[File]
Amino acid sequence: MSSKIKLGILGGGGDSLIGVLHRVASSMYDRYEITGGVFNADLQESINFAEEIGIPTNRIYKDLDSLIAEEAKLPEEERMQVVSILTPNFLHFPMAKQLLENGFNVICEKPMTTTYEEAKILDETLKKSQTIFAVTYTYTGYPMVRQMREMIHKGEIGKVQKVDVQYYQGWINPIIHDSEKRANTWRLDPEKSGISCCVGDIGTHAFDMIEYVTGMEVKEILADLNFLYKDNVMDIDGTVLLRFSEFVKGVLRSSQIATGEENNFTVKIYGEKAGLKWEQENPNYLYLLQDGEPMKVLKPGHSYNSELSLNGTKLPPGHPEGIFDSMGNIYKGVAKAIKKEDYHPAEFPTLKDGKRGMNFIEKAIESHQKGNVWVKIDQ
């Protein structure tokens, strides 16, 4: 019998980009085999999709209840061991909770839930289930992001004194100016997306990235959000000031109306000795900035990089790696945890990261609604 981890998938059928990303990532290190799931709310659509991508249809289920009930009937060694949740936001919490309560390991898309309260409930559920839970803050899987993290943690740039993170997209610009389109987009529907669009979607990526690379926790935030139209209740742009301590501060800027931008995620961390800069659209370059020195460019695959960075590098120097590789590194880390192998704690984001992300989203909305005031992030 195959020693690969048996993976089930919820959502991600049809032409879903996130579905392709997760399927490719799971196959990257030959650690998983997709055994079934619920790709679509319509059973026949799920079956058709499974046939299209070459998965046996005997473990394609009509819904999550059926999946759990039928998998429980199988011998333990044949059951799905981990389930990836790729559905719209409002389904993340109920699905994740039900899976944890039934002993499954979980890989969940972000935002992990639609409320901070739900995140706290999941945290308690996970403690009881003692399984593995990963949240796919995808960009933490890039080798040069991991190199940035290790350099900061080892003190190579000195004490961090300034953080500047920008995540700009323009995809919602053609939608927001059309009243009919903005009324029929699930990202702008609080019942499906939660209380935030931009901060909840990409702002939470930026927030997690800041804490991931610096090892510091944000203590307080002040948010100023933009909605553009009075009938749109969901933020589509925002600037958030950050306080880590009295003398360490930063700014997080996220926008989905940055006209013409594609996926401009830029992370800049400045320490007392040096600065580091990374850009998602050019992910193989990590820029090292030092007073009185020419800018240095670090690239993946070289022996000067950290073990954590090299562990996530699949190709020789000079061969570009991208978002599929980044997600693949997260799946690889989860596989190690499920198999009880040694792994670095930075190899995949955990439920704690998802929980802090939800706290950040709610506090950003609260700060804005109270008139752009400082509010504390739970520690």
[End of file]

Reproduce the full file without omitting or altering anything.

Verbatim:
Amino acid sequence: MSSKIKLGILGGGGDSLIGVLHRVASSMYDRYEITGGVFNADLQESINFAEEIGIPTNRIYKDLDSLIAEEAKLPEEERMQVVSILTPNFLHFPMAKQLLENGFNVICEKPMTTTYEEAKILDETLKKSQTIFAVTYTYTGYPMVRQMREMIHKGEIGKVQKVDVQYYQGWINPIIHDSEKRANTWRLDPEKSGISCCVGDIGTHAFDMIEYVTGMEVKEILADLNFLYKDNVMDIDGTVLLRFSEFVKGVLRSSQIATGEENNFTVKIYGEKAGLKWEQENPNYLYLLQDGEPMKVLKPGHSYNSELSLNGTKLPPGHPEGIFDSMGNIYKGVAKAIKKEDYHPAEFPTLKDGKRGMNFIEKAIESHQKGNVWVKIDQ
């Protein structure tokens, strides 16, 4: 019998980009085999999709209840061991909770839930289930992001004194100016997306990235959000000031109306000795900035990089790696945890990261609604 981890998938059928990303990532290190799931709310659509991508249809289920009930009937060694949740936001919490309560390991898309309260409930559920839970803050899987993290943690740039993170997209610009389109987009529907669009979607990526690379926790935030139209209740742009301590501060800027931008995620961390800069659209370059020195460019695959960075590098120097590789590194880390192998704690984001992300989203909305005031992030 195959020693690969048996993976089930919820959502991600049809032409879903996130579905392709997760399927490719799971196959990257030959650690998983997709055994079934619920790709679509319509059973026949799920079956058709499974046939299209070459998965046996005997473990394609009509819904999550059926999946759990039928998998429980199988011998333990044949059951799905981990389930990836790729559905719209409002389904993340109920699905994740039900899976944890039934002993499954979980890989969940972000935002992990639609409320901070739900995140706290999941945290308690996970403690009881003692399984593995990963949240796919995808960009933490890039080798040069991991190199940035290790350099900061080892003190190579000195004490961090300034953080500047920008995540700009323009995809919602053609939608927001059309009243009919903005009324029929699930990202702008609080019942499906939660209380935030931009901060909840990409702002939470930026927030997690800041804490991931610096090892510091944000203590307080002040948010100023933009909605553009009075009938749109969901933020589509925002600037958030950050306080880590009295003398360490930063700014997080996220926008989905940055006209013409594609996926401009830029992370800049400045320490007392040096600065580091990374850009998602050019992910193989990590820029090292030092007073009185020419800018240095670090690239993946070289022996000067950290073990954590090299562990996530699949190709020789000079061969570009991208978002599929980044997600693949997260799946690889989860596989190690499920198999009880040694792994670095930075190899995949955990439920704690998802929980802090939800706290950040709610506090950003609260700060804005109270008139752009400082509010504390739970520690």